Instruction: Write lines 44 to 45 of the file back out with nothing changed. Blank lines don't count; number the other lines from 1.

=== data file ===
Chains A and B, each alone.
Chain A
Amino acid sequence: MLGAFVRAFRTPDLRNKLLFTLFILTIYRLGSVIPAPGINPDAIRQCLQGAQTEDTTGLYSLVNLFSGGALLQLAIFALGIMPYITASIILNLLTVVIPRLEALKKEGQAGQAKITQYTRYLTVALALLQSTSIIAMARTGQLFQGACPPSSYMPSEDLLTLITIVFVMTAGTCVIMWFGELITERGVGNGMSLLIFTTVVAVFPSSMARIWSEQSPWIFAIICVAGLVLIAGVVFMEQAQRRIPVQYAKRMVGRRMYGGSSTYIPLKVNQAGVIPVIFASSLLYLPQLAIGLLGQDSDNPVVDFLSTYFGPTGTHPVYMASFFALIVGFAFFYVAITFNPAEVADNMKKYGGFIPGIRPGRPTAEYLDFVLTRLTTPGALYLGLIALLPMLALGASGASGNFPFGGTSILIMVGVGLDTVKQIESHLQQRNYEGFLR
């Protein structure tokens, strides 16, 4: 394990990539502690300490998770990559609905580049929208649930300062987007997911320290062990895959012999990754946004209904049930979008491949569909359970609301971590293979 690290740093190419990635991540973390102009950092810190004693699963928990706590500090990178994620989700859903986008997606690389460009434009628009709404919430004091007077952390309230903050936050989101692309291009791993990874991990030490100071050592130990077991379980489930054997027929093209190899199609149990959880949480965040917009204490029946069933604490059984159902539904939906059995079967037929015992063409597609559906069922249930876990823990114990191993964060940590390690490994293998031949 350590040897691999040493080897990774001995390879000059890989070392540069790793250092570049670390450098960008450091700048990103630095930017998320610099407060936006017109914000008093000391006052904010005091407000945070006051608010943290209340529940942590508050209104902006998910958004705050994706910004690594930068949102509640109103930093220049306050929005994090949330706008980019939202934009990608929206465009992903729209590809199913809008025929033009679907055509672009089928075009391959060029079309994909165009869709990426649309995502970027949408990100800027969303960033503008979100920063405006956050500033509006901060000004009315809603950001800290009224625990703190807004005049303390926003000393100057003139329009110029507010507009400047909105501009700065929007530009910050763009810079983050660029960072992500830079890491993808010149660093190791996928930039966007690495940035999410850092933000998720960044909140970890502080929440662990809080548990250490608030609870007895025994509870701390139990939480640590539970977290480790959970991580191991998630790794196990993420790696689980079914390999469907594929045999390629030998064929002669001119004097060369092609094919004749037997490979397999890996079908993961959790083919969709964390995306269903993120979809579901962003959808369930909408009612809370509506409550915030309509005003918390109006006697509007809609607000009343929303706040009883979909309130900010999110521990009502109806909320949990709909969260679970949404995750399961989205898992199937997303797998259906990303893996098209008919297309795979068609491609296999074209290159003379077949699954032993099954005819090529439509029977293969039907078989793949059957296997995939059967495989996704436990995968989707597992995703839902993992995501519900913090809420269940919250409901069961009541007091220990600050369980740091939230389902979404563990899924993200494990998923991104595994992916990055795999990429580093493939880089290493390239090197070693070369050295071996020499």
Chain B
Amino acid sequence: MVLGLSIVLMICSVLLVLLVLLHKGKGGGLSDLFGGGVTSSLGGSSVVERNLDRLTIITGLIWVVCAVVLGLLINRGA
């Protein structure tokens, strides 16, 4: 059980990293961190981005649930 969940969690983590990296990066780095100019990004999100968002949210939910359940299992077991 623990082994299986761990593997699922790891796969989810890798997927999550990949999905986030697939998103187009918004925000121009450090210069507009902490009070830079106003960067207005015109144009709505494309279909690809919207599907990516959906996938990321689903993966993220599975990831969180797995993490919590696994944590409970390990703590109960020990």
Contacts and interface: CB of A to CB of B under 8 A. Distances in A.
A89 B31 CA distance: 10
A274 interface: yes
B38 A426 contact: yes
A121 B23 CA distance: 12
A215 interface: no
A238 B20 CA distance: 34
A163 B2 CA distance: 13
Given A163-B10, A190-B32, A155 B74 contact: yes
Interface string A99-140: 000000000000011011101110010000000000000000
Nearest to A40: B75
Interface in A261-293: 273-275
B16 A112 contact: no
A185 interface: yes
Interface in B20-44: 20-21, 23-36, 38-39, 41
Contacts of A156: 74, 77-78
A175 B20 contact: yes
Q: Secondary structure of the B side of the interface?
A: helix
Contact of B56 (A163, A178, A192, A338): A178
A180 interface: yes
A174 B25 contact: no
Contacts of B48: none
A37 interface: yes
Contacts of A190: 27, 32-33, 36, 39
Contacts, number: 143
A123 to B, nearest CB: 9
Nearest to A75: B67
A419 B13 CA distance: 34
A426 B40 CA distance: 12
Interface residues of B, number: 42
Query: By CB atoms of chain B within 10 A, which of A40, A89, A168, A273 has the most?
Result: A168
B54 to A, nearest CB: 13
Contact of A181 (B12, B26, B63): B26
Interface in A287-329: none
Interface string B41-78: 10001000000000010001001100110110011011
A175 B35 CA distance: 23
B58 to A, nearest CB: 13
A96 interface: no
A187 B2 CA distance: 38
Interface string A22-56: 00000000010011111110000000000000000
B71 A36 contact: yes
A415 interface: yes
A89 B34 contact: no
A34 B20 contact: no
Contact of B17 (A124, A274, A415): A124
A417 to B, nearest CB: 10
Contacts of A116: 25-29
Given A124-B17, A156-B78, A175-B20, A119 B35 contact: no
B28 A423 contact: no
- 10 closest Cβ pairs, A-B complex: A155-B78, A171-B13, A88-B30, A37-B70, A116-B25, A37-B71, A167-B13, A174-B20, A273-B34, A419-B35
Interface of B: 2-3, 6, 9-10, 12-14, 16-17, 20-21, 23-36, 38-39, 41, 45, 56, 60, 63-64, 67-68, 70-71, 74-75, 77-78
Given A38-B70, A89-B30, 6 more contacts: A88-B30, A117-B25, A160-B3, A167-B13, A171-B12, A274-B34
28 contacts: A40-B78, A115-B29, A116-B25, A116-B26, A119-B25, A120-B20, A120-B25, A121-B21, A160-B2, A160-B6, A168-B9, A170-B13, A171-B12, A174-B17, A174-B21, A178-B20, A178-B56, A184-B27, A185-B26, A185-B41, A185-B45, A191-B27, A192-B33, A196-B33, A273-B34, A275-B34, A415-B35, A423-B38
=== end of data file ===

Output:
Interface string B41-78: 10001000000000010001001100110110011011
A175 B35 CA distance: 23